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Digital Art History
June 17, 2021

After Andries Beeckman, Javanese woman with a child, watercolor on paper, c. 1675-c. 1725. Rijksmuseum, Netherlands.

Recently, the Samuel H. Kress Foundation provided support for a Digital Art History initiative, Visualizing Textile Circulation in the Dutch Global Market, 1602-1795. This project was developed by Carrie Anderson of Middlebury College and Marsely Kehoe of Hope College, both art historians and scholars of the Dutch West and East India Companies. The ongoing project focuses on historic textiles traded by both companies, with the goal of deepening scholarly knowledge of these textiles and the stories they tell.

Textiles were by far the most numerous commodities found on Dutch East and West India Company cargo lists. The trading of textiles was highly competitive, and merchants were driven to closely follow trends of consumption to keep up with demand. The shifts in textile price, quality, quantity, and style can provide insight into local patterns and behaviors of the time.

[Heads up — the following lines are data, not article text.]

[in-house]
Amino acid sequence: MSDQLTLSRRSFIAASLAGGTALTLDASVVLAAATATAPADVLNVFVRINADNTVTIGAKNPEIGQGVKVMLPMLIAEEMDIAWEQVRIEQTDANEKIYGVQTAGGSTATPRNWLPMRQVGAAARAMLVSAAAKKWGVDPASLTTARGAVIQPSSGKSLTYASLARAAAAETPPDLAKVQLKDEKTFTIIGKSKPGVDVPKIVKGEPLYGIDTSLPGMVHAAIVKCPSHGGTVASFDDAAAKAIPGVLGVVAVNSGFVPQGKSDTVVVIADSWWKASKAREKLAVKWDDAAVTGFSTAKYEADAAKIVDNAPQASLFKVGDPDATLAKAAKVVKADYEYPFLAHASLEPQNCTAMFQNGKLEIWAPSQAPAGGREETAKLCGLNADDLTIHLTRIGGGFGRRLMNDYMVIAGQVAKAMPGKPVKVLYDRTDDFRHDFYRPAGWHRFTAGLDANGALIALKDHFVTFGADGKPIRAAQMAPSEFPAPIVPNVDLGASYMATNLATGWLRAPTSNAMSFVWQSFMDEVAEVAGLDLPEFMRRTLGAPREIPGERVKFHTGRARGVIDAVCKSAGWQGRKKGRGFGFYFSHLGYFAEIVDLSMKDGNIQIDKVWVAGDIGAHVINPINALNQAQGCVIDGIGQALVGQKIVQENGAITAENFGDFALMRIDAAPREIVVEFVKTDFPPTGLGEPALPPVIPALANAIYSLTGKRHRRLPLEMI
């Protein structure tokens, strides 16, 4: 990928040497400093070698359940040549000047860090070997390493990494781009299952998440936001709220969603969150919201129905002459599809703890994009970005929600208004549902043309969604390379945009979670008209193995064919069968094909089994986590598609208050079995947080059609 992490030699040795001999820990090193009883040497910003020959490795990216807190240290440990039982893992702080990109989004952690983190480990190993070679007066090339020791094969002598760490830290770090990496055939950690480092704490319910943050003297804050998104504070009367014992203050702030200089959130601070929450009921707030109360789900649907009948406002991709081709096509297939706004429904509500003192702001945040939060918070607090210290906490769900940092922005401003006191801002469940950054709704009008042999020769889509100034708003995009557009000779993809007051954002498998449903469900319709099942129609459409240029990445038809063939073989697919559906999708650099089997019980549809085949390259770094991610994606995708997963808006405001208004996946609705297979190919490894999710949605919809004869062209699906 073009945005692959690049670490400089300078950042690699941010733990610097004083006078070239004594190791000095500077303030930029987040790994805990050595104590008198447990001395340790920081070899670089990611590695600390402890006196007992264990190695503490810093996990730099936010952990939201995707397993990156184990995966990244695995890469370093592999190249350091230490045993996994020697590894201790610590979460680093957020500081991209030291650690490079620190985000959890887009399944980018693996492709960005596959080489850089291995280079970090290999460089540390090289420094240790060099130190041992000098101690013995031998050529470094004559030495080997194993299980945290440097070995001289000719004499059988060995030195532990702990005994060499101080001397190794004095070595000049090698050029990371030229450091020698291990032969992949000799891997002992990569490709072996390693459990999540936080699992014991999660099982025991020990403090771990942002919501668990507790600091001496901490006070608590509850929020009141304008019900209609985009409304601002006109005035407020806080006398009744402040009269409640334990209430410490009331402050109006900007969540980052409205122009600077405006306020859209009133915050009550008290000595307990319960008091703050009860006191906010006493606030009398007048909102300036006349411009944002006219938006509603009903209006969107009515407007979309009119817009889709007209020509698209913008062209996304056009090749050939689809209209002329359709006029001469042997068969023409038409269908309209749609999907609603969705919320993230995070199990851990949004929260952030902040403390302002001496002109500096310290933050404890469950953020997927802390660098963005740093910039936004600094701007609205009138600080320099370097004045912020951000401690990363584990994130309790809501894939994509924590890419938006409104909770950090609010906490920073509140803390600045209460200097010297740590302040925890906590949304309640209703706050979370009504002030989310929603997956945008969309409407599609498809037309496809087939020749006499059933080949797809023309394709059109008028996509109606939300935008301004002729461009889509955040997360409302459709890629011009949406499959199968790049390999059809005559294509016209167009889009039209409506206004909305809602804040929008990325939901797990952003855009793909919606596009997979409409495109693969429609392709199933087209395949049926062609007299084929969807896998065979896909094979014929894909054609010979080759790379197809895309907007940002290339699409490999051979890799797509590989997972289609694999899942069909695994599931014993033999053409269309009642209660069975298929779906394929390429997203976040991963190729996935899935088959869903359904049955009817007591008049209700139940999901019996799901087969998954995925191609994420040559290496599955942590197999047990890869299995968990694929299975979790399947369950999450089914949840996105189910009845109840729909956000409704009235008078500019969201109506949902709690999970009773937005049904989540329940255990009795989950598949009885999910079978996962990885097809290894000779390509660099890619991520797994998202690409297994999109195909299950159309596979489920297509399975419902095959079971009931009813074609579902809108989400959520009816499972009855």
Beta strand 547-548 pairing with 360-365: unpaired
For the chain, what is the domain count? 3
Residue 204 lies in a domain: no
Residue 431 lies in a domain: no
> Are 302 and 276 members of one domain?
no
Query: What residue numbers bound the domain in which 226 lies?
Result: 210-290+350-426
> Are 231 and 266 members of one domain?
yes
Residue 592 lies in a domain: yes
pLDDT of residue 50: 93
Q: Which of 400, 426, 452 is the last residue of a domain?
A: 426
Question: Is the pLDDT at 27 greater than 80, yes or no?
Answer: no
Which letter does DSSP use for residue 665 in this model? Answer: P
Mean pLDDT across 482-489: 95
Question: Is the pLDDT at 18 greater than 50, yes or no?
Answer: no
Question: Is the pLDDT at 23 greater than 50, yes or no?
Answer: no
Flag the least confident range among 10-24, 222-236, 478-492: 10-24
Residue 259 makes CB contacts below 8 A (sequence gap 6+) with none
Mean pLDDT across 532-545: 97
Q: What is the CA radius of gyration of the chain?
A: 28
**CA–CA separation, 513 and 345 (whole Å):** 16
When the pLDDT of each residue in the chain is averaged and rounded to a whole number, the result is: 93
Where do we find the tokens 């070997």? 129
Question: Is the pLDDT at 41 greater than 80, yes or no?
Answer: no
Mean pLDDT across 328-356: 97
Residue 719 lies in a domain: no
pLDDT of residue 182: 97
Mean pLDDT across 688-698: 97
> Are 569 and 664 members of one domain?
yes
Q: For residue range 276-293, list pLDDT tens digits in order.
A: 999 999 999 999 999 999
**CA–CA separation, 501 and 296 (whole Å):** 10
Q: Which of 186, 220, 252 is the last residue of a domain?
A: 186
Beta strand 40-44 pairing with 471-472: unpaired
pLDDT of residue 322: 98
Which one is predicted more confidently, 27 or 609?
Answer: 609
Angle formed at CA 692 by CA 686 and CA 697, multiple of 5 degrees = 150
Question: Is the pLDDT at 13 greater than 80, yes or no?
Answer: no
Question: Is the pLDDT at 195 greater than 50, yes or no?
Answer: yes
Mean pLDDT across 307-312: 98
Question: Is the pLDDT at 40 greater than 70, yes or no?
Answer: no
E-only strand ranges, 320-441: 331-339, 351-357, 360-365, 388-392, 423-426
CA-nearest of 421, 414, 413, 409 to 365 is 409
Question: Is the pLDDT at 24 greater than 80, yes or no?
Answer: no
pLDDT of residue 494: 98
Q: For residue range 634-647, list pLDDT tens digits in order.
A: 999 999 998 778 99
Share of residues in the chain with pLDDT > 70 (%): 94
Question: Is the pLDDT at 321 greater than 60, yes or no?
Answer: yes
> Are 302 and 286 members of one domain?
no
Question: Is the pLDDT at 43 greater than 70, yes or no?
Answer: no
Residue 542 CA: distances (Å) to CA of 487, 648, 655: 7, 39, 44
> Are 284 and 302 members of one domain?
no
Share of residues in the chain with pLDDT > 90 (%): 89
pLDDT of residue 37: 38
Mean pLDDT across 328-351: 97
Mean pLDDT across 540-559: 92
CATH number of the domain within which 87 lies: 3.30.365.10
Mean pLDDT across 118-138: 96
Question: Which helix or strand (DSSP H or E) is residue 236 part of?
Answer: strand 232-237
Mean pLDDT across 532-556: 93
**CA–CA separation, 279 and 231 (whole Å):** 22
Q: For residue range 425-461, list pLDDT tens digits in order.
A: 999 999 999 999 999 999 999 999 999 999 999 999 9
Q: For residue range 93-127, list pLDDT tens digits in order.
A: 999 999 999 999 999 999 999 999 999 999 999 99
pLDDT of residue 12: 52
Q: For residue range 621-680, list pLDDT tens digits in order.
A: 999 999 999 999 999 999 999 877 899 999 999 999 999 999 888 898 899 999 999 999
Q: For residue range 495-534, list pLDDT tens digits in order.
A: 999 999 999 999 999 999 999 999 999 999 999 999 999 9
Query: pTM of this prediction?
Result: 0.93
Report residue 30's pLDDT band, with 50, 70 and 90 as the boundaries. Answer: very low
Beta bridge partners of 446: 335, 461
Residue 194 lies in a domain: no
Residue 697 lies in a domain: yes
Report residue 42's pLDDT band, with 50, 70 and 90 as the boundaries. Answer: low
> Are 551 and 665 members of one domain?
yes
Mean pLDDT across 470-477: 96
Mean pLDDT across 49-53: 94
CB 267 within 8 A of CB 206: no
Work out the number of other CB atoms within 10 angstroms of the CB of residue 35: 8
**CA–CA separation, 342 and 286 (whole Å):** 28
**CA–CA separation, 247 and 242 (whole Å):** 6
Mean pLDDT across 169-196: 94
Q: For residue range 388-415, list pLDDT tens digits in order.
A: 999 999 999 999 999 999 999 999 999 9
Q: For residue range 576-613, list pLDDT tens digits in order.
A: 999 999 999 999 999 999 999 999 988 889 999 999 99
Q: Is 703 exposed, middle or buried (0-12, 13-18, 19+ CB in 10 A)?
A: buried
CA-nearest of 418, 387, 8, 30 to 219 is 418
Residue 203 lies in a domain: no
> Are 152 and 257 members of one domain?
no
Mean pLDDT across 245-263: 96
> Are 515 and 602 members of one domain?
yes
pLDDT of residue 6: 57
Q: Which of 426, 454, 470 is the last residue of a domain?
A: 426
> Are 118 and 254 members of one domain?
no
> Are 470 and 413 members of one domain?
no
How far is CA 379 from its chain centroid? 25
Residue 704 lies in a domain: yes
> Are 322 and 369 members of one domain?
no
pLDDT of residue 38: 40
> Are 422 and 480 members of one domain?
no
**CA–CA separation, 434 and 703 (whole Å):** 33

Visualizing Textile Circulation was spurred by the need for deeper research into these historic fabrics, as archival documents pertaining to fabric often include limited descriptors such as “red,” “striped,” “coarse,” or “fine.” In addition, most of these fabrics were considered low in value and therefore not preserved in museum collections.

The main outcome of this project is a Visual Glossary that will pair historical images of textiles in use with photographic samples of similar textiles from a museum collection or archival swatch book. Additional information will also be available for each textile sample including a short descriptive narrative, additional images, or quantitative data. While representations of textiles and data points cannot replace actual remnants of fabric, they are helpful in making connections between the textual, visual, and material information.

Textile samples from the Vrouwe Maria Geertruida, 1788. Nationaal Archief, West India Company Archive, nr. 179.

Along with the Visual Glossary, this project will feature a webinar series that will take place in 2021 and 2022. This series will delve into the field of Digital Art History, exploring the various tools and methods that were used during the project.

To learn more about Visualizing Textile Circulation and view the beta version of the Visual Glossary, please visit: